Hogan Opens Rent Relief Program as Protesters in Annapolis Demand More

"Cancel the rent" protesters marching down Rowe Boulevard toward the State House and governor's mansion in Annapolis Friday. Photo by Bennett Leckrone

Gov. Lawrence J. Hogan Jr. (R) opened applications Friday for $10 million in relief funding for Marylanders living in state-financed rental units.

The state’s “Assisted Housing Relief Program” will offer four-month rent rebate vouchers for residents living in rental units in multifamily projects financed by the Maryland Department of Housing and Community Development using state funds or federal resources, according to a news release.

“Our administration will continue to do everything we can to help Marylanders weather this storm, get back on their feet, and recover,” Hogan said in the release.

With a federal moratorium on evictions set to end on Saturday, some 292,000 Marylanders who lost income due to the coronavirus pandemic are at risk of eviction. Recent estimates show that Maryland could see more than 190,000 eviction filings over the next four months.

The money is part of Hogan’s previously announced $30 million in rental relief and eviction assistance. The governor hopes the funding will help Marylanders afford their rent in the midst of pandemic-related job losses, but advocates say it will do little to prevent a flood of evictions once the moratorium expires.

In a Friday afternoon letter, Maryland Attorney General Brian E. Frosh (D) called on Maryland’s top judges to extend their own moratorium on evictions into 2021. He wrote that Marylanders haven’t had time to recover from coronavirus-related financial losses, and said Hogan’s $30 million won’t be enough to make a meaningful difference for tenants.

“While the Hogan Administration has allocated $30 million for rental assistance, it is widely believed that this amount is woefully inadequate to meet the needs of Maryland tenants at risk of eviction,” Frosh wrote in the letter to Mary Ellen Barbera, the chief judge of Maryland’s Court of Appeals, and John P. Morrissey, the chief judge of the state’s District Court.

The state’s District Court has said it will begin processing warrants of restitution for failure to repay rent cases after July 25, and will begin hearing failure to pay rent cases on Aug. 31. Frosh said Maryland’s tenants need more time to recover.

“Even with the delay in re-commencing ‘failure to pay rent’ cases and extension of the moratorium on federally-funded housing evictions until the end of August, it is unlikely that the current hardships of the crisis will have improved by then, little more than a month from now,” he said.

Democratic lawmakers and fair housing advocates gathered outside Hogan’s residence in Annapolis Friday to demand the governor “cancel the rent.” They want Hogan to extend and expand his moratorium, and provide more than $150 million in additional rental relief for Marylanders.

They say Hogan’s $30 million, coupled with already overwhelmed county rental relief programs, won’t be enough to offset a slew of evictions when the federal moratorium ends on Saturday.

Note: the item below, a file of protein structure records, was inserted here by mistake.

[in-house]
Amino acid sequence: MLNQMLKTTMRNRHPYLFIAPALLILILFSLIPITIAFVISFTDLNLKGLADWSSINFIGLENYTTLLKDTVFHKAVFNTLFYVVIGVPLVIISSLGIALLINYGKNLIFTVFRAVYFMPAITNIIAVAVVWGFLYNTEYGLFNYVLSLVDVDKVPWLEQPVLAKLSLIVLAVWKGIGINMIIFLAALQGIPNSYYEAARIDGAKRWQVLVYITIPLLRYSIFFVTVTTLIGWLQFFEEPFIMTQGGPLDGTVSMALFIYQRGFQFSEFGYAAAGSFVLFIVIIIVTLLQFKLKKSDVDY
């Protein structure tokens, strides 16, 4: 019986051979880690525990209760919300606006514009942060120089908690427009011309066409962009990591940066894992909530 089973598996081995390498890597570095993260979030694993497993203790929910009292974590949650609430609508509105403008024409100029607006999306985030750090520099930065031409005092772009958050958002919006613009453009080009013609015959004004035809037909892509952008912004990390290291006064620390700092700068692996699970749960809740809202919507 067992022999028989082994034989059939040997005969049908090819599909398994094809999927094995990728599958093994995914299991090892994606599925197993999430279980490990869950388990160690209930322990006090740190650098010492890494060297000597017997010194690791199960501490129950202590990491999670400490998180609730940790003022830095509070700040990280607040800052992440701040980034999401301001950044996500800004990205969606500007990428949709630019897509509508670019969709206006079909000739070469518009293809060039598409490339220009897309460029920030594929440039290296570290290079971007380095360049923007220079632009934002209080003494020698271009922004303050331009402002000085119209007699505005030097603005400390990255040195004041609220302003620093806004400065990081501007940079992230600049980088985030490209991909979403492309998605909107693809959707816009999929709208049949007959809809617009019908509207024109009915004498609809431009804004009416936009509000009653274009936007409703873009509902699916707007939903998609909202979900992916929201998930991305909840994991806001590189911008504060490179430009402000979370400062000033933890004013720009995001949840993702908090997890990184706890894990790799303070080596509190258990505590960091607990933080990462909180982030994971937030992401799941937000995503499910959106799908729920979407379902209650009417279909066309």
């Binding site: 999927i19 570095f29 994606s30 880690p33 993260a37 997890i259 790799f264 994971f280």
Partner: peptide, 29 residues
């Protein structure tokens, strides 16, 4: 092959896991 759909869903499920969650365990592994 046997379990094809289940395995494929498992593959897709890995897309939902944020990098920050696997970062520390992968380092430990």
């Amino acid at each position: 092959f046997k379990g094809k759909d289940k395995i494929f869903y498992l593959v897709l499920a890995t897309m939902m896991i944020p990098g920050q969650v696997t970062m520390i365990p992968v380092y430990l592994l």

“It’s unconscionable to let thousands and thousands of people end up on the street,” the Rev. Kobi Little of the Baltimore NAACP said at the rally, which was organized by CASA, an immigrants’ advocacy group.

Advocates have also raised red flags over Hogan’s current eviction moratorium. They say the governor’s executive order, which requires tenants to prove their financial hardship was caused by COVID-19 to avoid eviction, has loopholes. Hogan’s current order is set to remain in effect as long as Maryland is under a state of emergency.

Del. Julian Ivey (D-Prince George’s) reiterated his calls for a special legislative session at the rally, and accused Hogan of being more concerned with his forthcoming autobiography than Marylanders at risk of eviction.

“We have a governor who’s worried about selling books and running for president,” Ivey said.

Maryland’s courts may soon be overwhelmed by the number of filings, said Matt Hill, an attorney with the Public Justice Center, a non-profit legal aid center that advocates for and represents low-income clients in civil cases.

“I don’t understand how, with adequate social distancing measures and safety measures, Maryland courts could possibly be equipped to handle this,” Hill previously warned. “There’s been no guidance from the judiciary on when and how remote proceedings will be conducted. We have a lot of concerns around due process.”

People of color have been disproportionately affected by the loss of income brought on by the pandemic and many are at risk of eviction, Lydia Walther-Rodriguez, the Regional Director for CASA Baltimore, said at a rally earlier this month.

Calls for extending eviction moratoriums have reached the national stage: U.S. Sens. Chuck Schumer (D-N.Y.) and Elizabeth Warren (D-Mass.) urged lawmakers to extend the federal moratorium on evictions during a news conference earlier week.

“This is a potential catastrophe,” said Schumer, the Senate minority leader.

State officials previously indicated that they’re looking for additional federal funding for rental relief.

“We are following with [the Maryland Emergency Management Agency] at the state level and FEMA at the federal level to see if eviction assistance qualifies as an eligible expense under disaster relief,” Deputy Secretary of Budget and Management Mark Nicole told lawmakers during a virtual House Appropriations Committee briefing earlier this month. “That $30 million all of a sudden could become $120 [million].”

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